Romantic “chemistry” is greatly based on unconscious hope of resolving unfulfilled emotional needs from childhood, as well as on the childish idealization of the person who in our mind is a parent replacement. But once routine takes over and childhood needs are not resolved (not even the most perfect partner can heal someone’s childhood wounds, because external influences are simply not enough), the idealizing stops and childish hopes become dormant again, then the unpleasant sides of the transference start to show.
Besides projecting unpleasant emotions from the relationship with parents onto our partners (as described above), there is often sudden loss of romantic and sexual attraction. It makes sense that, if someone reminds us of our parents, having sexual feelings for such a person might start to feel somewhat incestuous and uncomfortable. The more the partners get entangled into mutual triggering of childish emotional patterns, the more they resort to defensive strategies and communication habits learned from their parents, the stronger the negative transference becomes, while romantic passion fades.
In spite of all the conflicts, such partners can feel unhealthily bonded to each other, because leaving such a partner might unconsciously feel like losing a parent (and there might be other circumstances that might make separation difficult). Feeling that the situation is hopeless and there is no way out, some people give up on hope and give in to lifeless, robotic routine. Other people might seek relief in affairs and adventures. Looking from the outside, it can be obvious that healthier solutions are possible, but for such entangled people to recognize them, they should first be willing to look deep inside themselves – which many people are afraid of, or are not even aware it’s needed.
Hatred for the opposite gender
Just as people form their images of a supreme deity based on their experience of their parents in early childhood (which is easily recognizable in various religions), our expectations of other people are also based on our experiences with our parents. Most often, our expectations of women are based on our experiences with our mothers, while our expectations of men are based on our experiences with our fathers. However, negative prejudice towards the opposite gender is usually more pronounced, considering that most people are less likely to generalize against groups they are a part of.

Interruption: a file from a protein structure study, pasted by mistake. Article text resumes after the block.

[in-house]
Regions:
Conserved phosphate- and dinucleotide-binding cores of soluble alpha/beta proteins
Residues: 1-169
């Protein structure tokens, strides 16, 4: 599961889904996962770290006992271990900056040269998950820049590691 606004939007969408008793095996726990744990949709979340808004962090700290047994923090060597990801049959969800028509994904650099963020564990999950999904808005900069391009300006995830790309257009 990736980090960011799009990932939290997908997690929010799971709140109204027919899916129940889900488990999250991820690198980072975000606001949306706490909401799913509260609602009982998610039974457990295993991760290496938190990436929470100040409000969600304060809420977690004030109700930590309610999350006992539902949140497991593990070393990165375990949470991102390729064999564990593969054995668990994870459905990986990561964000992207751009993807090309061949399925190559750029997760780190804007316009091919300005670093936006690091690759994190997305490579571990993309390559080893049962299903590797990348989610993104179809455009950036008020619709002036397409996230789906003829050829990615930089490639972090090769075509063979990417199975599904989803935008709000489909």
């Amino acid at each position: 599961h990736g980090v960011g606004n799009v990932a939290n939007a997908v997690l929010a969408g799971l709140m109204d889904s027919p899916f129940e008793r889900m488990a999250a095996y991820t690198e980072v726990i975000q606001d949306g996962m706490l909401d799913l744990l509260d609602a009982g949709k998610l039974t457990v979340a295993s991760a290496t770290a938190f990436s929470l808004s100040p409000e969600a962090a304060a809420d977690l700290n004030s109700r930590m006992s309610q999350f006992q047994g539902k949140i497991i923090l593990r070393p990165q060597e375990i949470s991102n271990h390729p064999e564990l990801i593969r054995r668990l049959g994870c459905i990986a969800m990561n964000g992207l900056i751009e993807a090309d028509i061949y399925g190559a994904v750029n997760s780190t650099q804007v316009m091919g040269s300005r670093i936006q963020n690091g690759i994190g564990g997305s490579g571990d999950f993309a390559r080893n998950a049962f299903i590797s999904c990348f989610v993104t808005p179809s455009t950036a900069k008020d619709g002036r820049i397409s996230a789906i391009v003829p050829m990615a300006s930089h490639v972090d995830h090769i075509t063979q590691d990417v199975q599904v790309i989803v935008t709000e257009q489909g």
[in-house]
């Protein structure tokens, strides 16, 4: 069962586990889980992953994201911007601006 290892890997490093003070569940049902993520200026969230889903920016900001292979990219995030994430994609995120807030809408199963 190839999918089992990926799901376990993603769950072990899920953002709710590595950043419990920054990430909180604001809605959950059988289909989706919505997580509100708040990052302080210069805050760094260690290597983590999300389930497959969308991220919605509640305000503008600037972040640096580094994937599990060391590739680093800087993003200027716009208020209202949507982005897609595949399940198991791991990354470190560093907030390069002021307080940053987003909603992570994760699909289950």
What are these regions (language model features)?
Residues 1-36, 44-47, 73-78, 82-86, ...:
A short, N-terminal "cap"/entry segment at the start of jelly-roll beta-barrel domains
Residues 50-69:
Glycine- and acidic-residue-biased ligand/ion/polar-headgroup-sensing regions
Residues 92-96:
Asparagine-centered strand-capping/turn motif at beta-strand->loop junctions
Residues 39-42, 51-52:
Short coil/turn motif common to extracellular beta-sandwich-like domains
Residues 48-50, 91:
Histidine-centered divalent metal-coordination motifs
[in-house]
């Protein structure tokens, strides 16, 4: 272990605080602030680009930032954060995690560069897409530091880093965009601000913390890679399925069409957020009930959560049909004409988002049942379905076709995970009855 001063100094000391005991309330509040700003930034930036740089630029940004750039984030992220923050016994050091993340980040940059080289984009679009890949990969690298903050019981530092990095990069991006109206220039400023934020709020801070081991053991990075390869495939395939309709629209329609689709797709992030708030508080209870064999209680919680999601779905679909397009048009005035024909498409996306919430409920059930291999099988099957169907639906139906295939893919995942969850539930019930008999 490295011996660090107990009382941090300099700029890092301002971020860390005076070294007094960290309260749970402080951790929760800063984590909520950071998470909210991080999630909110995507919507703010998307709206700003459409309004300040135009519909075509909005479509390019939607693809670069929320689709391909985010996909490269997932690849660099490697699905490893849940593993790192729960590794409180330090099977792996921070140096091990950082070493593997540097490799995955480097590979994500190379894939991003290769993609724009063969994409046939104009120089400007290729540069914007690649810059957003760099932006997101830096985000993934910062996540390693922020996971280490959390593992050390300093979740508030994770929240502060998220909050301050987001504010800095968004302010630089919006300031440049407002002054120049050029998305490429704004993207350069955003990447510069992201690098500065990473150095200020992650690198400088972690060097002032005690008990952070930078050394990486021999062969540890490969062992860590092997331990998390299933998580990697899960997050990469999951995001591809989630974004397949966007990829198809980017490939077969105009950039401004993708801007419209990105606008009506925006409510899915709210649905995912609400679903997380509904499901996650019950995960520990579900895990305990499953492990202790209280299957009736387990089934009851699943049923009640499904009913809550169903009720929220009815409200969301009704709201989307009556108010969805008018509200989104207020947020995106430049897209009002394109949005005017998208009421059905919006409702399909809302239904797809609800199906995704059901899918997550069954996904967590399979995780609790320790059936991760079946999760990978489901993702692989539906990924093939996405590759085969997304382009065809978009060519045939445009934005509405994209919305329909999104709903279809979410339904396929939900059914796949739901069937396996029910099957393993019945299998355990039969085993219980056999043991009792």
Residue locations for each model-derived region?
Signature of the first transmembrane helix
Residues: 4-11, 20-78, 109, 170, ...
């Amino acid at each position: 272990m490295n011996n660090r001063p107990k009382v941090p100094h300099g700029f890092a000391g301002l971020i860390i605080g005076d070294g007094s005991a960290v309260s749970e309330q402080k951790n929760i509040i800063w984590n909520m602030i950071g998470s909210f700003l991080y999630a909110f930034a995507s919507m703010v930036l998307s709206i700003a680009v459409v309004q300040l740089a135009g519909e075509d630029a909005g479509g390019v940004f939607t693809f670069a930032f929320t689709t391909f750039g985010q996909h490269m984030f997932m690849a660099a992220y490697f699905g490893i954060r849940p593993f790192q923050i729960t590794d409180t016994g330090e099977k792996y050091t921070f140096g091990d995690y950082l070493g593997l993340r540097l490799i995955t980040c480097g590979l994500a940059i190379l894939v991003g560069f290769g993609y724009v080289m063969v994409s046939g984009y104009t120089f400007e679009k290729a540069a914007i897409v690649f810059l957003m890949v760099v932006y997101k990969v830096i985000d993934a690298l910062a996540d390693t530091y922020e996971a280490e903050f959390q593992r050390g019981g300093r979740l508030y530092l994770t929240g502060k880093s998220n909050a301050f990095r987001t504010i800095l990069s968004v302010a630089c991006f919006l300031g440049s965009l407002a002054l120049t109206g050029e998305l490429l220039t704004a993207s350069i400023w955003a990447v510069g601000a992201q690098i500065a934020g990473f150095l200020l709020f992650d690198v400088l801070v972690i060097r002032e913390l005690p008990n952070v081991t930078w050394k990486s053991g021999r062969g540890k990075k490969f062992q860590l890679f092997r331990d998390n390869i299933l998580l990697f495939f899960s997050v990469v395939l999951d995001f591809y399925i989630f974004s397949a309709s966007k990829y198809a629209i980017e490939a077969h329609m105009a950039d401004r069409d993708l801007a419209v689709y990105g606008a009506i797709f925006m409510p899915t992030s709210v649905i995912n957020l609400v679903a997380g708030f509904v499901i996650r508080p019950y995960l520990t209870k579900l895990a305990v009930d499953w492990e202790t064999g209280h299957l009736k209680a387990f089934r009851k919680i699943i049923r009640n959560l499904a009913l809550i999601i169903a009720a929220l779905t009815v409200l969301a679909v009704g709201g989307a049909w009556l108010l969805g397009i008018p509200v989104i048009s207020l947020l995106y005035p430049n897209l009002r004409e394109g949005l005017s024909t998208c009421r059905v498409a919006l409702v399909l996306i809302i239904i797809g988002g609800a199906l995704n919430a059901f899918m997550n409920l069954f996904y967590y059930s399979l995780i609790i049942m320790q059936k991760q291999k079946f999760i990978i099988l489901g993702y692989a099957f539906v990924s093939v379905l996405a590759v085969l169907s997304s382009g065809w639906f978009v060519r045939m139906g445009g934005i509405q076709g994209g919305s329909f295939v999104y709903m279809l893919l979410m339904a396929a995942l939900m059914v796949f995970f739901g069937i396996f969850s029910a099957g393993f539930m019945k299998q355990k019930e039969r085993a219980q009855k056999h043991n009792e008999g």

Prejudice and generalizations which we learn in early childhood are sometimes particularly difficult to give up on, or even recognize them as exaggerated, as early childhood is a stage of life in which we create the basic imprints about the world and strategies how to survive in such a world. If a belief is unconsciously perceived as helpful to survival, trying to question and change it can cause existential fear (often also unconscious).
(Another type of fear that comes out when changing emotional habits from childhood, is fear os somehow “betraying” one’s own family or losing one’s place within the family. This is, for example, one of the reasons why people hold on to their religious beliefs in spite of all evidence. Resolving such fears is also a part of our method.)
All in all, if bad experiences with a parent create a negative perception of one’s partner’s gender, this will inevitably influence one’s romantic relationships. Then it’s very easy to perceive everything a partner (or anybody of their gender) does in the worst possible light and presume the worst intentions. Web-communities in which such opinions and “proofs” for them are exchanged keep growing and gaining influence. As a result, usually the people who least deserve or expect it – including children – suffer the most consequences.
It’s almost impossible to not have some prejudice, as our brains are instinctively prone to oversimplifying the world around us, but many people manage to keep their prejudice under control and don’t let them influence their behavior. (I want to mention here that some people come to me because they are worried they are bad people because of occasional mean and violent thoughts. Such thoughts alone don’t make you a bad person; they are a normal part of human experience. What matters is what you decide to do about them – and this can also be changed.) However, people who often feel a need to express their hatred for the opposite gender, are usually those whose hidden feeling of inadequacy is so intense that they feel they can only find some personal worth and power in belonging to their own gender – i.e. something that is not the result of their own efforts and abilities. People who carry such a feeling of inadequacy can easily be tempted to compensate for it by abusing others, and the partner is usually the easiest victim. This is not likely to be changed by and kind of logical reasoning or persuasion, if such a person doesn’t have internal motivation to change.